Today I am delighted to introduce you to Ms. Beth Reiman, the talented artisan behind BPR Designs. She kindly answered a few questions for Craftsyble readers. Before we start, I just want to let you know that Ms. Reiman makes the most beautiful glass soap dishes I have ever seen! Enjoy!
1. When did you start BPR Designs and why? Whose idea was it?
I started my business just about three years ago. I had retired from my previous business career and had been spending even more time doing my glass work. My house was full and it was either find a way to sell some pieces or get a bigger house. Selling seemed like the best alternative! Of course I wasn’t sure anyone not in my family would buy anything, but I figured why not give it a try?
2. Why glass?
I have always loved glass (stained, blown, fused) and decided about 5 years ago to take a fused glass and see where it led me. I was hooked almost immediately! I love the colors and the textures of the glass and the fact that it is part science and part art! You never quite know what you will get when you open the kiln, since the glass can be somewhat unpredictable. I have had plenty of both happy and sad surprises since I started! And the practical side of me loves that glass can be functional as well as beautiful.
3. What do you like the most about your business?
I love that is has given me the flexibility to still play in my shop, but it makes my “addiction” affordable!
4. Having your own craft business has pros and cons. Can you please tell us about the cons of having a glass business?
I guess the biggest “con” I have seen is that it takes so much effort to promote the business that it cuts into my creative time. I think that is likely to be true in most art and craft related businesses. That’s why I try to support other artists and crafters when I can, because I think if we help each other we can all get back to our real passion — creating!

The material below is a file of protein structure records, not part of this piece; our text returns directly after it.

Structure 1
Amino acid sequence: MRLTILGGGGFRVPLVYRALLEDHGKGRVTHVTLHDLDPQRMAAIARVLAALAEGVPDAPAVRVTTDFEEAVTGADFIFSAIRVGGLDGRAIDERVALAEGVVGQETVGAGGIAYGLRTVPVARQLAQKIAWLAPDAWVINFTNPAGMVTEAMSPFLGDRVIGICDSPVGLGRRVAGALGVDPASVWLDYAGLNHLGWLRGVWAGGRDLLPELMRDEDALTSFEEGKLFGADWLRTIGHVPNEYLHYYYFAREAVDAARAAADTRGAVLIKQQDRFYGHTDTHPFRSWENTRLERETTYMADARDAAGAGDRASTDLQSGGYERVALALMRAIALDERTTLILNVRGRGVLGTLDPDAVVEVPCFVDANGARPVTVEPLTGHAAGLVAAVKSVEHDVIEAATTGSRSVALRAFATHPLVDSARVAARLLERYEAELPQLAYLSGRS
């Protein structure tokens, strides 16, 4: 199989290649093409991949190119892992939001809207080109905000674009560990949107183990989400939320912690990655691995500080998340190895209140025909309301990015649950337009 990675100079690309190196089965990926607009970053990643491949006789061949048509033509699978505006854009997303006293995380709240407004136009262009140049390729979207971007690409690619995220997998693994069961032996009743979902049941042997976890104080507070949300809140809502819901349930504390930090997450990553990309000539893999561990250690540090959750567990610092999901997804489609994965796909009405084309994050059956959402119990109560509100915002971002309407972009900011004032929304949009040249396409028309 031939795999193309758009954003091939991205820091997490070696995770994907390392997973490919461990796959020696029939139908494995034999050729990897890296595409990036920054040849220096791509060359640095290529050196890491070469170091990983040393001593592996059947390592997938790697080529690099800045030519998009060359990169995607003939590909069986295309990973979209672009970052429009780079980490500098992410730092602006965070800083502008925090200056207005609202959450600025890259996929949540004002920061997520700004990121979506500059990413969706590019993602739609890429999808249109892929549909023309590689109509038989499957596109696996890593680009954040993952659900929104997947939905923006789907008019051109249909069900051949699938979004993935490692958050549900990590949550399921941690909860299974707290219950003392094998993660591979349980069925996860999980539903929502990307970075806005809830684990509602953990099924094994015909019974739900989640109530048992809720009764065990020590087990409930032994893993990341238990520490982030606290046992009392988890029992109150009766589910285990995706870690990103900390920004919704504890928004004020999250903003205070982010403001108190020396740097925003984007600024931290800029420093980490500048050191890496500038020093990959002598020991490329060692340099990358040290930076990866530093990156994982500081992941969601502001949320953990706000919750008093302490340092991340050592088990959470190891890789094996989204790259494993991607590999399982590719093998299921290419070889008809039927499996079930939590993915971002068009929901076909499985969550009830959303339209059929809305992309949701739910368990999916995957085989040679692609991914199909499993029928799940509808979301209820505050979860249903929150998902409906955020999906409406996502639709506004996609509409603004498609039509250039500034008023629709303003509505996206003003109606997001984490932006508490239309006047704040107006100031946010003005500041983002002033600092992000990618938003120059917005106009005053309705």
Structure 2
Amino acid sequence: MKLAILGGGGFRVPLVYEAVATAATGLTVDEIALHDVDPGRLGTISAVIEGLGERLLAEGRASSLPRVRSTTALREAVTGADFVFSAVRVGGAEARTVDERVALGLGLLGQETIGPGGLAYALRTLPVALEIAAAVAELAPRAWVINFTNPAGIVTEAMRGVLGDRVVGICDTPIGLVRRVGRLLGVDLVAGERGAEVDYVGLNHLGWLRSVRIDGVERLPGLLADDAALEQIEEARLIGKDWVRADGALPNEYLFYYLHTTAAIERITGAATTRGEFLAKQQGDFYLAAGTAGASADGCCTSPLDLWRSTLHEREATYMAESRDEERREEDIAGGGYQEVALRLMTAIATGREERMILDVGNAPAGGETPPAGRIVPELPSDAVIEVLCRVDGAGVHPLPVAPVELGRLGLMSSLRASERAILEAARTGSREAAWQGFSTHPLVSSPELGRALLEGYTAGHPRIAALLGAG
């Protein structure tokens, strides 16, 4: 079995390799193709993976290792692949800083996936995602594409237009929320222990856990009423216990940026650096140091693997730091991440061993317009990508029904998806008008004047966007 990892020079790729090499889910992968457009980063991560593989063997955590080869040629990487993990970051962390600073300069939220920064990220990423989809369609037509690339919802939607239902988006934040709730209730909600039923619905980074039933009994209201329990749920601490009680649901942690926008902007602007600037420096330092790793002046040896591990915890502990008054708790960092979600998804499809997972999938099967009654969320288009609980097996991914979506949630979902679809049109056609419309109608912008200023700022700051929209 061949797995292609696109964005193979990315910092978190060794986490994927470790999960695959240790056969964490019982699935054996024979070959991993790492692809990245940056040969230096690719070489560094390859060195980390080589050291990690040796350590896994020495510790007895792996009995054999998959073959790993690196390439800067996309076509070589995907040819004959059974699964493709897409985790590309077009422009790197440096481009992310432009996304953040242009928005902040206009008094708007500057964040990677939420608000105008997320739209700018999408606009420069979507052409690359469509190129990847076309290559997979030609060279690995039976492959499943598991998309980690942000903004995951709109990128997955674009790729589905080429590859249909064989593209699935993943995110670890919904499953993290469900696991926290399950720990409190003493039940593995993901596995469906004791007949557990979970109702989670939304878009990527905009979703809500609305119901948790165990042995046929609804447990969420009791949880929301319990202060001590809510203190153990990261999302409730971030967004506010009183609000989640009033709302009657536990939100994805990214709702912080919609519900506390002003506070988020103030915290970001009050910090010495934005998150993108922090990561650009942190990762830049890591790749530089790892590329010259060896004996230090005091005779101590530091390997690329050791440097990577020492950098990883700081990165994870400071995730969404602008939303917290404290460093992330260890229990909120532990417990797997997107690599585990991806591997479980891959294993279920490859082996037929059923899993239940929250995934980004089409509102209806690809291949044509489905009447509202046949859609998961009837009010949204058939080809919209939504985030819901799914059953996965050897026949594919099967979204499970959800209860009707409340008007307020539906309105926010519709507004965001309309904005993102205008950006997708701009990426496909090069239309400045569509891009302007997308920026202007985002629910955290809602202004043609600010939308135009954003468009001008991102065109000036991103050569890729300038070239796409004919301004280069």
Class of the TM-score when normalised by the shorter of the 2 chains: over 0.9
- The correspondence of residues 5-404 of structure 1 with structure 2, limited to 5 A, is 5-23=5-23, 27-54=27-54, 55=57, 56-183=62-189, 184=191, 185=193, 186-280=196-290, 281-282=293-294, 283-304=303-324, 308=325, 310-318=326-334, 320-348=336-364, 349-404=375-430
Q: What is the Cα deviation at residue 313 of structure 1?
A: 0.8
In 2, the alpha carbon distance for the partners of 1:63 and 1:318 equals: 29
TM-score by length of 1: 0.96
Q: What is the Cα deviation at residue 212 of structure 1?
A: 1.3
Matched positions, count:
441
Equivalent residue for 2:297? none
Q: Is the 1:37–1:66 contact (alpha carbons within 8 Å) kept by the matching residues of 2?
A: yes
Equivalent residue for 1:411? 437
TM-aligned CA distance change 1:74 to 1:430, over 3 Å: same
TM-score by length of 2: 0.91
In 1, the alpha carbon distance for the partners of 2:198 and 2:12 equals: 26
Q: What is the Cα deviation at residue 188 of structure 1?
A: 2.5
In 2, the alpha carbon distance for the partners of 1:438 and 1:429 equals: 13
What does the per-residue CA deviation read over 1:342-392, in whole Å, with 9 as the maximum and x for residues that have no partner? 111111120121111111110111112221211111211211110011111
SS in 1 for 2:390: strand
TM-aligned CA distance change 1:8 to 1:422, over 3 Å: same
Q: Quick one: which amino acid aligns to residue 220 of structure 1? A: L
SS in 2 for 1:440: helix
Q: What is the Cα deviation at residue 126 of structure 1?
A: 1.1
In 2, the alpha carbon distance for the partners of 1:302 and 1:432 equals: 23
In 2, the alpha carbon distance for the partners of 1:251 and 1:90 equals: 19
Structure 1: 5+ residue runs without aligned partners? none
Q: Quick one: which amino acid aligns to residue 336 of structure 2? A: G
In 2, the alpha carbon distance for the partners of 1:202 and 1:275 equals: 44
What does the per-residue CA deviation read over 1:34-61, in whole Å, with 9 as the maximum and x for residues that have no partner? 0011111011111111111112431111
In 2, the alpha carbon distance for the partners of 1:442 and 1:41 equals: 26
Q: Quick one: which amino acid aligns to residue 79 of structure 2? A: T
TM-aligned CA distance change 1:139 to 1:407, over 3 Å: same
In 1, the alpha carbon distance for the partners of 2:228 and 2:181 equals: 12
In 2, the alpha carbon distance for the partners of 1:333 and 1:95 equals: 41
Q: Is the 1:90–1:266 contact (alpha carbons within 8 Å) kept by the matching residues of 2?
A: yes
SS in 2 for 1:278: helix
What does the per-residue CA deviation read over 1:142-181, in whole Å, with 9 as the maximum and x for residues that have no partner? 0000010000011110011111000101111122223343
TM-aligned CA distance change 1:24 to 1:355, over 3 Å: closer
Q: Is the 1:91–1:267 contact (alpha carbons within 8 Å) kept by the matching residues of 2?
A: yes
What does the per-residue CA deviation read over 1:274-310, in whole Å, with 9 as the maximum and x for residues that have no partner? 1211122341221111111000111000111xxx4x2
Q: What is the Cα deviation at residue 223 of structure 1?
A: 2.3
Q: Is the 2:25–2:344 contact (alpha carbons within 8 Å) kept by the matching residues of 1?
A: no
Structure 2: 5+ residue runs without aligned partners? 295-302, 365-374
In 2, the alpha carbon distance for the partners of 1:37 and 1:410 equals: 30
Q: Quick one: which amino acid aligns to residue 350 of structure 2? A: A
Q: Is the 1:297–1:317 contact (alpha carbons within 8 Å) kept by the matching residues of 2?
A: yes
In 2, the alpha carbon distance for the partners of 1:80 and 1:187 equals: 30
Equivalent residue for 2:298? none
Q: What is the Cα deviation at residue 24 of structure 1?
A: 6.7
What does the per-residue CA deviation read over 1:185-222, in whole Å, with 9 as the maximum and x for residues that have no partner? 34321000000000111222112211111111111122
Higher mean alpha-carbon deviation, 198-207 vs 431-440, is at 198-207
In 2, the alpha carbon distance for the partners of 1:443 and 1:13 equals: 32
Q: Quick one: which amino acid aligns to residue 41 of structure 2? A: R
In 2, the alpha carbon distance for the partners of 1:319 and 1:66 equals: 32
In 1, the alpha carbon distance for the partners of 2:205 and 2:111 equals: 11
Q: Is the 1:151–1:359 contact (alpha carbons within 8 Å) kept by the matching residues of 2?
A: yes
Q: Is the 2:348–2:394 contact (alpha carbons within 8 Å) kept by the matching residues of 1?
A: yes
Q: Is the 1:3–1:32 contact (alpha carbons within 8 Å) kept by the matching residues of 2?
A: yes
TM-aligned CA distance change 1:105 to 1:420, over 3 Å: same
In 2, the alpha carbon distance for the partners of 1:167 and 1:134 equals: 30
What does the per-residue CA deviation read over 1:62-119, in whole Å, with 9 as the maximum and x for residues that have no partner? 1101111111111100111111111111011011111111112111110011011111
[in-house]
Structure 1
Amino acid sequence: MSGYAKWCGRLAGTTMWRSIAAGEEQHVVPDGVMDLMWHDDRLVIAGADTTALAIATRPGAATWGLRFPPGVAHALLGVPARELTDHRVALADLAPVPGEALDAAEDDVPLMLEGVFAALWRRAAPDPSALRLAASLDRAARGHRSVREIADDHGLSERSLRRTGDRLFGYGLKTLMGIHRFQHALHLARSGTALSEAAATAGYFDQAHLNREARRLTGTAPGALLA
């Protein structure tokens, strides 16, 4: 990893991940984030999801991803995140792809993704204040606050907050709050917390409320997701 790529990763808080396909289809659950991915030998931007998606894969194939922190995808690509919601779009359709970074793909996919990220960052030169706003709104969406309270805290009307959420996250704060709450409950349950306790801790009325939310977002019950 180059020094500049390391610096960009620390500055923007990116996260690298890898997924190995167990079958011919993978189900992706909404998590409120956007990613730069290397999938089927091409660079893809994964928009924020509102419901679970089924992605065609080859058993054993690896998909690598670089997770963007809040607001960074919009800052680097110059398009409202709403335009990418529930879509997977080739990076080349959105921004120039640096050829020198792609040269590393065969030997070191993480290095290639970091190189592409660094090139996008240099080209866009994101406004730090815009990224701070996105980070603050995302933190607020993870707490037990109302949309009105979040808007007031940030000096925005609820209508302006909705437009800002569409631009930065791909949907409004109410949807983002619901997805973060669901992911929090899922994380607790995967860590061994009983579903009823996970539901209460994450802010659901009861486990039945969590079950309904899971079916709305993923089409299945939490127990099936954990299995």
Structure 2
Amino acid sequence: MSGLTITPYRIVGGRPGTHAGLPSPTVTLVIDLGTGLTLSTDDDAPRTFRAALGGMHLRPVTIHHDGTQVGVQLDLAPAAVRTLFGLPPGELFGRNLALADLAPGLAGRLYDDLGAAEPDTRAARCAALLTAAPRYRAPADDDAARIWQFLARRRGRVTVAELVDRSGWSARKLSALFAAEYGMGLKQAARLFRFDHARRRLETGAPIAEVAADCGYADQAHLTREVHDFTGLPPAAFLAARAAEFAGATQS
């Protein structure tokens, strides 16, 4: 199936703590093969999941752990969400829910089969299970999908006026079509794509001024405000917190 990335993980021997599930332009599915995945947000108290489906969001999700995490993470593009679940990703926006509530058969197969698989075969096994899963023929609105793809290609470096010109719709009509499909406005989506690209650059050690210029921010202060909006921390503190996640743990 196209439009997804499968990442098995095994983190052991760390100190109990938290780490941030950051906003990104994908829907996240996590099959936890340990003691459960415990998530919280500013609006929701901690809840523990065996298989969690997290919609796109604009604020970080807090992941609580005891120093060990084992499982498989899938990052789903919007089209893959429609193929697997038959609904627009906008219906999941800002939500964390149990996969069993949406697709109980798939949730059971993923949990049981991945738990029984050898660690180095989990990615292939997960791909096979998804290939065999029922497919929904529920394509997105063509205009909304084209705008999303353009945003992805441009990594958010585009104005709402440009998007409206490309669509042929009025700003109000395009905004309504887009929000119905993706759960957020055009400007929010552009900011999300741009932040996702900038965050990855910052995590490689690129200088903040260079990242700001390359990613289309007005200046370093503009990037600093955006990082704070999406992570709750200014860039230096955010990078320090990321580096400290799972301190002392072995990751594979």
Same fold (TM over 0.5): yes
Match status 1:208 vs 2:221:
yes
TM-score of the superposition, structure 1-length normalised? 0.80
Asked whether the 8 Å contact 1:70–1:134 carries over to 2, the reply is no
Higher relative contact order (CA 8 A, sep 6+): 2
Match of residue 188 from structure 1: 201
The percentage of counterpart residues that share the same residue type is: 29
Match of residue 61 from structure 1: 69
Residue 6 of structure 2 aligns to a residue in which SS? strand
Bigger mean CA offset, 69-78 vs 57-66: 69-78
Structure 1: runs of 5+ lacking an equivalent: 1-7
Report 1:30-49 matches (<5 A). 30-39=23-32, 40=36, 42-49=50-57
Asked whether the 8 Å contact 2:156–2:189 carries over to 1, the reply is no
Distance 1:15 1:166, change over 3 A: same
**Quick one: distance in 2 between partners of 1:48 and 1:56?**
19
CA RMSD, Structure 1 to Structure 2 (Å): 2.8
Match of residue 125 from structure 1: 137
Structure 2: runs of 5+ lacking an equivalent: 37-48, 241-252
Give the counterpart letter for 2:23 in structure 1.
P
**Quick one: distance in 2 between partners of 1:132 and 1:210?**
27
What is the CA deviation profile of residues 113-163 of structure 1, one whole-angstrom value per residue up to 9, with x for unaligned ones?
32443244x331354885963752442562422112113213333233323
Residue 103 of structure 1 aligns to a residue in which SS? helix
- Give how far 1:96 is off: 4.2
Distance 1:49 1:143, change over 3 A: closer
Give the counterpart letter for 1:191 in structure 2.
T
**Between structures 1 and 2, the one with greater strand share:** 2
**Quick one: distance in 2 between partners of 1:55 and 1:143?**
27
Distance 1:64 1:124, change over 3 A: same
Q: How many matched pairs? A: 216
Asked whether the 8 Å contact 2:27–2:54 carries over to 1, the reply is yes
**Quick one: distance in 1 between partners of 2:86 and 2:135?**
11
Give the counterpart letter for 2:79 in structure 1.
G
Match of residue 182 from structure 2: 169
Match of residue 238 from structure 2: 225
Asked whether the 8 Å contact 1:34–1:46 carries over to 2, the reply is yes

5. Which, in your opinion, was the turning point in your business?
I took an “Etsy Basics” class here, in Portland, and I found it so helpful in condensing some key elements together: you need a great product, great photos, and promotion. I stopped waiting for people to come find me and just got out in the forums, Facebook and lots of handmade sites and said “here I am!” Once I started to have some sales and feedback, things just continued to build.
6. Could you please describe a regular day at BPR Designs?
The morning looks like this most days: 1) Make the coffee! 2) Pop open the kiln. 3) Check Etsy site, e-mail and Facebook for any overnight sales and updates (keep to under an hour). 4) Package up any shipments to go out. 5) Check the light to see if it’s a picture day or not! (I live in Oregon — the winter has lots of “not” days!). If it’s not a good photo day, then I often use that as a “promo” day to network, work on ads, submit to blogs, follow up on FB, etc.
Afternoons are more like this: 6) Out to the glass studio to work on projects. 7) Edit photos and/or post new listings to Etsy and FB. 8) Check e-mail, Etsy, FB, etc. for updates and convo’s. 9) Catch up on paperwork (I try to stay on top of all my accounting!) Oh, and I usually sneak in a Pilates class several times a week, as well….(I have a really nice boss — me!)
7. One of the questions I like to ask a lot: if you were to start all over again, what would you do differently?
I would have spent more time on my photos early on to draw people in. When I go back and look at them now I think — how did I think people would want to buy my glass from those photos? And I would have realized sooner how important networking and promotion is. I floundered around for nearly a year before I figured those two things out!
8. Where can we find your products?
9. What’s next? Any plans?
I am always working on new lines and new methods for working my glass projects. I have a notebook full of experiments to try!!
10. Any piece of advice for new crafters?
There is no such thing as “your work sells itself.” Of course, you have to have a great product — that is your ticket to play. But no one can buy what they have not seen! Promotion is part of the process if you want to sell your work. If you don’t spend some energy on it, you will get left behind. You get back what you put into it.